In some cases, children of separated or divorced parents in Ohio may not want to visit the other parent. This could happen because of rules, disagreements, others who live in that home or something else. It is important to know what to do when a child refuses visitation with the other parent.
Find out why the child does not want to go
Talk to the child to figure out if there is a problem. Ask questions to see if the child is upset or possibly feels unsafe there. If the child feels unsafe, it is especially important to find out why. New safety issues may be a family law concern when it comes to custody arrangements.
Encourage the child to visit the other parent
After talking to the child to learn the reason for not wanting to go, let the child know that those feelings are valid and understandable. Try to provide some reasons why visitation is important. Let the child know that the other parent values that time.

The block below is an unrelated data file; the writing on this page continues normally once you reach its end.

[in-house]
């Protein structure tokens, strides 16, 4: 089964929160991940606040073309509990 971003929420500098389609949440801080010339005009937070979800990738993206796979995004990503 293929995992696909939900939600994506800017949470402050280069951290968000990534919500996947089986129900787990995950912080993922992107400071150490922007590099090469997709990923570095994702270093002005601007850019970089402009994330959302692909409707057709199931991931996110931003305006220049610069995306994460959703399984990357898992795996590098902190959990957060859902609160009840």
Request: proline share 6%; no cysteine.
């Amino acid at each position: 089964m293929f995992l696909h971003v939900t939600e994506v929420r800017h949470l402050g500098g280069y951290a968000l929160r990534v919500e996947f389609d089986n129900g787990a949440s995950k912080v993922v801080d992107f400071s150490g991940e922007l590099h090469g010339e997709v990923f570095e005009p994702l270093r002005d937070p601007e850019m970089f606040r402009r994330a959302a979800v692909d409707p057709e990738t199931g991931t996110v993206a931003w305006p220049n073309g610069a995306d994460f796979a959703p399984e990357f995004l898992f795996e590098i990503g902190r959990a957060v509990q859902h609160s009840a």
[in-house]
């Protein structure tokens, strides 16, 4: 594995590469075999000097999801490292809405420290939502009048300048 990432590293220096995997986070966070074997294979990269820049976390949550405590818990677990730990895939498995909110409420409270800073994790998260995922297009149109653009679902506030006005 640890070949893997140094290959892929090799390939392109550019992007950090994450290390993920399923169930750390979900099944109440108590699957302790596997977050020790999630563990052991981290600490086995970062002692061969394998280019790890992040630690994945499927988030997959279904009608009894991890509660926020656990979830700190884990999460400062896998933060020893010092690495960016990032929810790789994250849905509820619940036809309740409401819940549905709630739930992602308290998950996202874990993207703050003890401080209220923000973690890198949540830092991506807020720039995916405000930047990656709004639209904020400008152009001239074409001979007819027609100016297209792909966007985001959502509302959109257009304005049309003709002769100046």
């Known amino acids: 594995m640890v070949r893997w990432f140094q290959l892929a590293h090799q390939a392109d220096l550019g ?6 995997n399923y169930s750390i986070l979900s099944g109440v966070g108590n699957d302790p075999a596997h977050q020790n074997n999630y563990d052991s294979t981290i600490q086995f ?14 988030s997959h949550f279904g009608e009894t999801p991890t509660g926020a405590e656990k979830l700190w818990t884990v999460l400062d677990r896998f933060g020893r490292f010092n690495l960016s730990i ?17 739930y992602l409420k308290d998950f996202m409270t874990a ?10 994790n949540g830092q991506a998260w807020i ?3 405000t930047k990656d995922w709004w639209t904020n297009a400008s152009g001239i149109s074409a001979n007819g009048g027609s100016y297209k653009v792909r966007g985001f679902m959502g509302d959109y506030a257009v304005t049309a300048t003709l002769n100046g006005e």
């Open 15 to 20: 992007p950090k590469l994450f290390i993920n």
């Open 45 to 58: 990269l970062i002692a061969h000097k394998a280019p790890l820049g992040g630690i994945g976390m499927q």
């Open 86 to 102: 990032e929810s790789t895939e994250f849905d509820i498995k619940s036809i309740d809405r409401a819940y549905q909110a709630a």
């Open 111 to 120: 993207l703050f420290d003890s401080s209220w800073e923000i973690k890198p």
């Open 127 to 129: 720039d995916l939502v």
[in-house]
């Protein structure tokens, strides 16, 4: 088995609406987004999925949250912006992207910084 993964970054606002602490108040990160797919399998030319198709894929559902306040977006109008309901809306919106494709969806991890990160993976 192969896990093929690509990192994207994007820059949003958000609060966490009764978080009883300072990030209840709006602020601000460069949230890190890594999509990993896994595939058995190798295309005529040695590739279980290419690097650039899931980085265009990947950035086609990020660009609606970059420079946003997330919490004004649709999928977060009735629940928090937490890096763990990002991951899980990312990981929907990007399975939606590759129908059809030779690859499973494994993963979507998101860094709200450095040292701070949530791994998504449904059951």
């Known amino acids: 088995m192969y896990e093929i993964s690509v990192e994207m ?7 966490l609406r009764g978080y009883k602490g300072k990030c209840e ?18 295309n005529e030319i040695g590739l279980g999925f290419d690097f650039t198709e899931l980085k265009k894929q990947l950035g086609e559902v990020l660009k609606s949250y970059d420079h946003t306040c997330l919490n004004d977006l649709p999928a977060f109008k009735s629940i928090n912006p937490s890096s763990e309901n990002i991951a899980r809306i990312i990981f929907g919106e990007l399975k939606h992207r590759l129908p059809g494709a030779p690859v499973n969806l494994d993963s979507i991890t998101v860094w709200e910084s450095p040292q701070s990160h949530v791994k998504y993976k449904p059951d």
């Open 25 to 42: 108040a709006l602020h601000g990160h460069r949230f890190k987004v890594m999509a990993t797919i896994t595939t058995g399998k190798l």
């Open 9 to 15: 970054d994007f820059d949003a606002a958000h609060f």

Notify the other parent
Tell the other parent about the situation. It is important to be open and honest about problems or concerns. Let the other parent know what steps were taken to encourage visitation if the child refused every attempt. When other stepparents or co-parents are involved, it may help to arrange a meeting with all parties present to discuss the issue. If the other parent is difficult to communicate with or may cause problems, it may help to have a neutral third party present for any meetings about visitation issues.
It also helps to document any refusals. Note the time, reason and what was done. Be sure to find out how visitation refusals may impact custody arrangements.